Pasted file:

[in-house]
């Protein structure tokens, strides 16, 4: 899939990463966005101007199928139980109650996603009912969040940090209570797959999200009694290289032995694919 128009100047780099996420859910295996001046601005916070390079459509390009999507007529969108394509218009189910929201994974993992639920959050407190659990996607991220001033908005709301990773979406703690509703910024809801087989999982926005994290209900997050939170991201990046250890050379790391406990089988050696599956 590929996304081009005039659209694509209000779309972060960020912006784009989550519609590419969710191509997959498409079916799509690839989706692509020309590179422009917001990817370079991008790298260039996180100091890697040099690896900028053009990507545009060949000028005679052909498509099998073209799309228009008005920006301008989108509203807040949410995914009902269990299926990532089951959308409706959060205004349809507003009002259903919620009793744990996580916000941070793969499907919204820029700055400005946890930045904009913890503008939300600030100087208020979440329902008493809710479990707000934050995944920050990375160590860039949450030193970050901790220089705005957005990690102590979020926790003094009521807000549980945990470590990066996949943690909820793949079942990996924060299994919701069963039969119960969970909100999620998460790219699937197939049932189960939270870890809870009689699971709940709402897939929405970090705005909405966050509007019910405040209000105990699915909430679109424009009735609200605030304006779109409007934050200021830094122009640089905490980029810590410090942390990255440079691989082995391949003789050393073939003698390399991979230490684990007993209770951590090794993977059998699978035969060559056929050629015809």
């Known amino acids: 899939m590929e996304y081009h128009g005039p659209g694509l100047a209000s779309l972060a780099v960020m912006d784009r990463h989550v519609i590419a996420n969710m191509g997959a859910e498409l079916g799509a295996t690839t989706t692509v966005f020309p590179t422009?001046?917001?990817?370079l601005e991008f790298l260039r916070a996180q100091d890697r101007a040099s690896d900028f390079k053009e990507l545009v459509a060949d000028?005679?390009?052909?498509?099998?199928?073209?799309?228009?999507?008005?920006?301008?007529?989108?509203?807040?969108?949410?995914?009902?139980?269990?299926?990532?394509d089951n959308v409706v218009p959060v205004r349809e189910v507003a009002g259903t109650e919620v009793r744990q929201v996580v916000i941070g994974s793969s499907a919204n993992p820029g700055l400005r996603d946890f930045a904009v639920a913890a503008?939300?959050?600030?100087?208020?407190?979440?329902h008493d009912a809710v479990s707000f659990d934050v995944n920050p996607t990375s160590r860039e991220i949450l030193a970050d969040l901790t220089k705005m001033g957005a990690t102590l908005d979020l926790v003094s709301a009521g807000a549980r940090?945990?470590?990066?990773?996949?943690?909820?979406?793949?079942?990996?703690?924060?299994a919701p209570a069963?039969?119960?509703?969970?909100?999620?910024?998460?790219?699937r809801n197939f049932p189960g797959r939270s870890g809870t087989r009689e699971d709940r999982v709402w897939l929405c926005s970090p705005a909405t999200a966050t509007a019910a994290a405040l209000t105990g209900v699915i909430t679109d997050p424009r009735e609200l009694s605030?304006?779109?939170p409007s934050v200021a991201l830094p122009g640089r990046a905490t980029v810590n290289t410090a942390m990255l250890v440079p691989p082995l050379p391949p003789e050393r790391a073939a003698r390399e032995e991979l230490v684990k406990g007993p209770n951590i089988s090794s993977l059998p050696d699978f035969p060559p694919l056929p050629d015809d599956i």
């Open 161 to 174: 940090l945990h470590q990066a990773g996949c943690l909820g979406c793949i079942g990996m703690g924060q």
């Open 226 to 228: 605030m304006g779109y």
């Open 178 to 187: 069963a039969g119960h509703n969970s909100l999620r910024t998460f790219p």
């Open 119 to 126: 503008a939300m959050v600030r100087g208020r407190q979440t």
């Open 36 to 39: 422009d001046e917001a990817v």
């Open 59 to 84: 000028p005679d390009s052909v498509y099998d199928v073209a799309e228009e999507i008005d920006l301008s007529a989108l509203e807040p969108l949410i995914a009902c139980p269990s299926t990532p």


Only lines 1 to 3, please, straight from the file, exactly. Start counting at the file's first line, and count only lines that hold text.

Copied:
[in-house]
């Protein structure tokens, strides 16, 4: 899939990463966005101007199928139980109650996603009912969040940090209570797959999200009694290289032995694919 128009100047780099996420859910295996001046601005916070390079459509390009999507007529969108394509218009189910929201994974993992639920959050407190659990996607991220001033908005709301990773979406703690509703910024809801087989999982926005994290209900997050939170991201990046250890050379790391406990089988050696599956 590929996304081009005039659209694509209000779309972060960020912006784009989550519609590419969710191509997959498409079916799509690839989706692509020309590179422009917001990817370079991008790298260039996180100091890697040099690896900028053009990507545009060949000028005679052909498509099998073209799309228009008005920006301008989108509203807040949410995914009902269990299926990532089951959308409706959060205004349809507003009002259903919620009793744990996580916000941070793969499907919204820029700055400005946890930045904009913890503008939300600030100087208020979440329902008493809710479990707000934050995944920050990375160590860039949450030193970050901790220089705005957005990690102590979020926790003094009521807000549980945990470590990066996949943690909820793949079942990996924060299994919701069963039969119960969970909100999620998460790219699937197939049932189960939270870890809870009689699971709940709402897939929405970090705005909405966050509007019910405040209000105990699915909430679109424009009735609200605030304006779109409007934050200021830094122009640089905490980029810590410090942390990255440079691989082995391949003789050393073939003698390399991979230490684990007993209770951590090794993977059998699978035969060559056929050629015809």
């Known amino acids: 899939m590929e996304y081009h128009g005039p659209g694509l100047a209000s779309l972060a780099v960020m912006d784009r990463h989550v519609i590419a996420n969710m191509g997959a859910e498409l079916g799509a295996t690839t989706t692509v966005f020309p590179t422009?001046?917001?990817?370079l601005e991008f790298l260039r916070a996180q100091d890697r101007a040099s690896d900028f390079k053009e990507l545009v459509a060949d000028?005679?390009?052909?498509?099998?199928?073209?799309?228009?999507?008005?920006?301008?007529?989108?509203?807040?969108?949410?995914?009902?139980?269990?299926?990532?394509d089951n959308v409706v218009p959060v205004r349809e189910v507003a009002g259903t109650e919620v009793r744990q929201v996580v916000i941070g994974s793969s499907a919204n993992p820029g700055l400005r996603d946890f930045a904009v639920a913890a503008?939300?959050?600030?100087?208020?407190?979440?329902h008493d009912a809710v479990s707000f659990d934050v995944n920050p996607t990375s160590r860039e991220i949450l030193a970050d969040l901790t220089k705005m001033g957005a990690t102590l908005d979020l926790v003094s709301a009521g807000a549980r940090?945990?470590?990066?990773?996949?943690?909820?979406?793949?079942?990996?703690?924060?299994a919701p209570a069963?039969?119960?509703?969970?909100?999620?910024?998460?790219?699937r809801n197939f049932p189960g797959r939270s870890g809870t087989r009689e699971d709940r999982v709402w897939l929405c926005s970090p705005a909405t999200a966050t509007a019910a994290a405040l209000t105990g209900v699915i909430t679109d997050p424009r009735e609200l009694s605030?304006?779109?939170p409007s934050v200021a991201l830094p122009g640089r990046a905490t980029v810590n290289t410090a942390m990255l250890v440079p691989p082995l050379p391949p003789e050393r790391a073939a003698r390399e032995e991979l230490v684990k406990g007993p209770n951590i089988s090794s993977l059998p050696d699978f035969p060559p694919l056929p050629d015809d599956i």